English: Leatherback sea turtle with head above water (Dermochelys coriacea) (Photo credit: Wikipedia)
Released: 2/26/2013 1:50 PM EST
Newswise — An international team led by the University of Alabama at Birmingham (UAB) has documented a 78 percent decline in the number of nests of the critically endangered leatherback sea turtle (Dermochelys coriacea) at the turtle’s last stronghold in the Pacific Ocean.
The study, published online today in the Ecological Society of America’s scientific online journal Ecosphere, reveals leatherback nests at Jamursba Medi Beach in Papua Barat, Indonesia – which accounts for 75 percent of the total leatherback nesting in the western Pacific – have fallen from a peak of 14,455 in 1984 to a low of 1,532 in 2011. Less than 500 leatherbacks now nest at this site annually.
Thane Wibbels, Ph.D., a professor of reproductive biology at UAB and member of a research team that includes scientists from State University of Papua (UNIPA), the National Oceanic and Atmospheric Administration (NOAA), National Marine Fisheries Service and the World Wildlife Fund (WWF) Indonesia, says the largest marine turtle in the world could soon vanish.
“If the decline continues, within 20 years it will be difficult if not impossible for the leatherback to avoid extinction,” said Wibbels, who has studied marine turtles since 1980. “That means the number of turtles would be so low that the species could not make a comeback.
“The leatherback is one of the most intriguing animals in nature, and we are watching it head towards extinction in front of our eyes,” added Wibbels.
Leatherback turtles can grow to six feet long and weigh as much as 2,000 pounds. They are able to dive to depths of nearly 4,000 feet and can make trans-Pacific migrations from Indonesia to the U.S. Pacific coast and back again.
While it is hard to imagine that a turtle so large and so durable can be on the verge of extinction, Ricardo Tapilatu, the research team’s lead scientist who is a Ph.D. student and Fulbright Scholar in the UAB Department of Biology, points to the leatherback’s trans-Pacific migration, where they face the prevalent danger of being caught and killed in fisheries.
“They can migrate more than 7,000 miles and travel through the territory of at least 20 countries, so this is a complex international problem,” Tapilatu said. “It is extremely difficult to comprehensively enforce fishing regulations throughout the Pacific.”
The team, along with paper co-author Peter Dutton, Ph.D., discovered thousands of nests laid during the boreal winter just a few kilometers away from the known nesting sites, but their excitement was short-lived.
“We were optimistic for this population when year round nesting was discovered in Wermon Beach, but we now have found out that nesting on that beach appears to be declining at a similar rate as Jamursba Medi,” said Dutton, head of the NOAA Southwest Fisheries Science Center’s Marine Turtle Genetics Program.
The study has used year-round surveys of leatherback turtle nesting areas since 2005, and it is the most extensive research on the species to date. The team identified four major problems facing leatherback turtles: nesting beach predators, such as pigs and dogs that were introduced to the island and eat the turtle eggs; rising sand temperatures that can kill the eggs or prevent the production of male hatchlings; the danger of being caught by fisheries during migrations; and harvesting of adults and eggs for food by islanders.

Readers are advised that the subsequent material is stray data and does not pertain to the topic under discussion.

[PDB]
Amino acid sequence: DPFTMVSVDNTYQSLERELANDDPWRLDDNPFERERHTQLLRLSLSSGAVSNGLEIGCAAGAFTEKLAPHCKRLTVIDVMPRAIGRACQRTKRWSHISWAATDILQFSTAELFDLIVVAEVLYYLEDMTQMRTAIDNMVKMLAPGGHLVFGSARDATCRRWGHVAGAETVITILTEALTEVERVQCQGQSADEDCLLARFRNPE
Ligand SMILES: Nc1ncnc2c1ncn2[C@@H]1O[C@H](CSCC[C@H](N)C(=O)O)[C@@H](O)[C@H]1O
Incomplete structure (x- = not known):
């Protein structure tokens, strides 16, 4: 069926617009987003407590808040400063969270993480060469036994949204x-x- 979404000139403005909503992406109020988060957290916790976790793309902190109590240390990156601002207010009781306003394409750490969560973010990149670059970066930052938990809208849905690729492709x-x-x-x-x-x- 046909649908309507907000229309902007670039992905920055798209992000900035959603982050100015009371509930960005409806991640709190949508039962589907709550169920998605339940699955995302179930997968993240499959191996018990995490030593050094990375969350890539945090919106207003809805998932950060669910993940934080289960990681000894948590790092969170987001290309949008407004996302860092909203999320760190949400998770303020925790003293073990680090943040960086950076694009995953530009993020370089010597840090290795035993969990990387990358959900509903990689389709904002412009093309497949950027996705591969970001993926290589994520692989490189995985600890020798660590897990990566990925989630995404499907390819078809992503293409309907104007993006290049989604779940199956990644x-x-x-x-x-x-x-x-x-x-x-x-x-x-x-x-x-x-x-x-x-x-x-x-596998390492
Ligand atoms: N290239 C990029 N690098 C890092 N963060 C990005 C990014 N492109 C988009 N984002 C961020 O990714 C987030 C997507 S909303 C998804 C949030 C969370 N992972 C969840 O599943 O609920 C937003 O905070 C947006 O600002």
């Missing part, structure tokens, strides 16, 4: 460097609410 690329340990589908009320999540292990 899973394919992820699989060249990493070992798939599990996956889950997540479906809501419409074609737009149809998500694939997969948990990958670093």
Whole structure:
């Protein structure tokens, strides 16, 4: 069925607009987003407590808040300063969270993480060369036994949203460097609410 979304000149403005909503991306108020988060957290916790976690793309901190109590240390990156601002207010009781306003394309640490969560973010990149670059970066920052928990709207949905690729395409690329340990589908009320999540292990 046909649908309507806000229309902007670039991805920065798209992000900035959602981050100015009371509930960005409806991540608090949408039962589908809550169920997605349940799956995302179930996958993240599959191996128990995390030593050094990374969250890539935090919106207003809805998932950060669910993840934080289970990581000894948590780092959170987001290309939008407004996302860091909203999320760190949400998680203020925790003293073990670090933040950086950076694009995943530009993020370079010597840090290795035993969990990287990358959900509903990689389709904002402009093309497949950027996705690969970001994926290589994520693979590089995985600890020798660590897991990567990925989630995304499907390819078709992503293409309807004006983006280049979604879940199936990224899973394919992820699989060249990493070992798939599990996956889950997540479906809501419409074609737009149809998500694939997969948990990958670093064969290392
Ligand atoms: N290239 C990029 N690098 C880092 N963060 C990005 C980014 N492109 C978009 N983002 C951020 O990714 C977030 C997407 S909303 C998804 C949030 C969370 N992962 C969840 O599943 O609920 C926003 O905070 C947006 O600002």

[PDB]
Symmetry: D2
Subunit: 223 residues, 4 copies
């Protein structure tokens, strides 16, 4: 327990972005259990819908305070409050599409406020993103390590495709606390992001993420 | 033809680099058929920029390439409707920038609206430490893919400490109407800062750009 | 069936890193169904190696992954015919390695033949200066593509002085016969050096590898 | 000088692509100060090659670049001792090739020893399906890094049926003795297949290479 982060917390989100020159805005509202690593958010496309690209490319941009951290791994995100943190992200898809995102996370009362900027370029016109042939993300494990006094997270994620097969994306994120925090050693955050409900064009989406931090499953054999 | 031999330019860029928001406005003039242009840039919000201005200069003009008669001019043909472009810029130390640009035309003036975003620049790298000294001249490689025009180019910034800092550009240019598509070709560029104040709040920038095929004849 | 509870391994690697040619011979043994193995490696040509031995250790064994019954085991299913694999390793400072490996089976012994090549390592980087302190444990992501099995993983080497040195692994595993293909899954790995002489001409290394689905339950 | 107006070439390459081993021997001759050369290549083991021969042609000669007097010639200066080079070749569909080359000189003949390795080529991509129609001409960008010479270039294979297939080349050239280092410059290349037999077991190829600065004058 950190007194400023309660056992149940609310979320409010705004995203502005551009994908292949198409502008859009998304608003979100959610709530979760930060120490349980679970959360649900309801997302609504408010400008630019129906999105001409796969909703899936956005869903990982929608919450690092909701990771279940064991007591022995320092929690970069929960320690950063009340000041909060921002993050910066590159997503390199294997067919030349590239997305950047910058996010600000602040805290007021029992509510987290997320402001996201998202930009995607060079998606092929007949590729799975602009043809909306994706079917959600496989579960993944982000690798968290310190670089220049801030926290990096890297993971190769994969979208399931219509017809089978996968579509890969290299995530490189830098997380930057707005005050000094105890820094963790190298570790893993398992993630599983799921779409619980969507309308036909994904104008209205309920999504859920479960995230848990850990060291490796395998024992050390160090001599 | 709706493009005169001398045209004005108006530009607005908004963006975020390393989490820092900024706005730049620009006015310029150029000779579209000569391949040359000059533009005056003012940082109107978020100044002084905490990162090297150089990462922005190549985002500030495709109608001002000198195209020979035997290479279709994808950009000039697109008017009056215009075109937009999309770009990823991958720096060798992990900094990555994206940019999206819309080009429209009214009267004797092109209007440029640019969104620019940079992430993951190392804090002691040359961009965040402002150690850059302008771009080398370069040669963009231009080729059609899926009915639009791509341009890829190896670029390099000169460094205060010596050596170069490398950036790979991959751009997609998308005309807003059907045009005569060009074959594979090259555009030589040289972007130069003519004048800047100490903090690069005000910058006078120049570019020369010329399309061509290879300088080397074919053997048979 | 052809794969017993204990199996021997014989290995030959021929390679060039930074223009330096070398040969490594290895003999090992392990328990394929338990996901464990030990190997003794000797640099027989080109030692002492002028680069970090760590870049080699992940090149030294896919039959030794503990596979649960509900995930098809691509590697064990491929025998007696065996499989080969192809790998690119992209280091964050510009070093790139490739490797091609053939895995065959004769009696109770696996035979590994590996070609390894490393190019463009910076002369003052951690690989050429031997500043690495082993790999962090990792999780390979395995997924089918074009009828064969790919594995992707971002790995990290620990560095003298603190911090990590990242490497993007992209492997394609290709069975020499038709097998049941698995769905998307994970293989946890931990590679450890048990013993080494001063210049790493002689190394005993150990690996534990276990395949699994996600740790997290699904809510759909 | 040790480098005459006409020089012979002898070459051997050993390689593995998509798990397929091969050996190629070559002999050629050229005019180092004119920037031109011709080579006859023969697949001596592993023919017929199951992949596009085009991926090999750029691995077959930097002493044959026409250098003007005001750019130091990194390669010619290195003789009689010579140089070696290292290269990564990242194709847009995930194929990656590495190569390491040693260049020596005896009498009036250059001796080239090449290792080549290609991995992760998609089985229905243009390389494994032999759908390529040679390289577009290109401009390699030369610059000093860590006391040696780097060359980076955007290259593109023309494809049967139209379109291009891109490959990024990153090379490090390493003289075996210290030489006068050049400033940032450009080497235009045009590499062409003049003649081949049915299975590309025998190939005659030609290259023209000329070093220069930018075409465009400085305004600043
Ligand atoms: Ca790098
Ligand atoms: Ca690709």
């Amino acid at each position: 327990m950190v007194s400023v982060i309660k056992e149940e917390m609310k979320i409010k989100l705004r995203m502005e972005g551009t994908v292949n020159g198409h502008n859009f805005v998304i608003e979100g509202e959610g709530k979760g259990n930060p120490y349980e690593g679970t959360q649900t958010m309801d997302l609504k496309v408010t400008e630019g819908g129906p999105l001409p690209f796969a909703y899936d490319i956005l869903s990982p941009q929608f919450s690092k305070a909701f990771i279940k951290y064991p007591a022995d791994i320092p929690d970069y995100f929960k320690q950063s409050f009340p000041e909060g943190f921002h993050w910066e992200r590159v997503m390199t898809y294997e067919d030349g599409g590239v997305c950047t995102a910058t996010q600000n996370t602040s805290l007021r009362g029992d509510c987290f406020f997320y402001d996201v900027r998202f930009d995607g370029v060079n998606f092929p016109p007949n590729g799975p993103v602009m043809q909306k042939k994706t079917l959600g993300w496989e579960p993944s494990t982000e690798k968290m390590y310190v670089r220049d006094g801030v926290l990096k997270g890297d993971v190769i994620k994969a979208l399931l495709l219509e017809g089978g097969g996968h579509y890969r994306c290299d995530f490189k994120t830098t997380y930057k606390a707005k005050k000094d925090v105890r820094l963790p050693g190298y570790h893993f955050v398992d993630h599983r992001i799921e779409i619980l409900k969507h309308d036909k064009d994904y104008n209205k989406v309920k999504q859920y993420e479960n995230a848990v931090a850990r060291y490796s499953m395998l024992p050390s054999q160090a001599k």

Tapilatu, a native of western Papua, Indonesia, has studied leatherback turtles and worked on their conservation since 2004. His efforts have been recognized by NOAA, and he will head the leatherback conservation program in Indonesia once he earns his doctorate from UAB and returns to Papua.
He has worked to educate locals and limit the harvesting of adults and eggs. His primary focus today is protecting the nesting females, eggs and hatchlings. A leatherback lays up to 10 nests each season, more than any other turtle species. Tapilatu is designing ways to optimize egg survival and hatchling production by limiting their exposure to predators and heat through an extensive beach management program.
“If we relocate the nests from the warmest portion of the beach to our egg hatcheries, and build shades for nests in other warm areas, then we will increase hatching success to 80 percent or more,” said Tapilatu.
“The international effort has attempted to develop a science-based nesting beach management plan by evaluating and addressing the factors that affect hatching success such as high sand temperatures, erosion, feral pig predation and relocating nests to maximize hatchling output,” said Manjula Tiwari, a researcher at NOAA’s Southwest Fisheries Science Center in La Jolla, Calif.
Wibbels, who is also the Ph.D. advisor for Tapilatu, says that optimizing hatchling production is a key component to leatherback survival, especially considering the limited number of hatchlings who survive to adulthood.
“Only one hatchling out of 1,000 makes it to adulthood, so taking out an adult makes a significant difference on the population,” Wibbels said. “It is essentially the same as killing 1,000 hatchlings.”
The research team believes that beach management will help to decrease the annual decline in the number of leatherback nests, but protection of the leatherbacks in waters throughout the Pacific is a prerequisite for their survival and recovery. Despite their prediction for leatherback extinction, the scientists are hopeful this species could begin rebounding over the next 20 years if effective management strategies are implemented.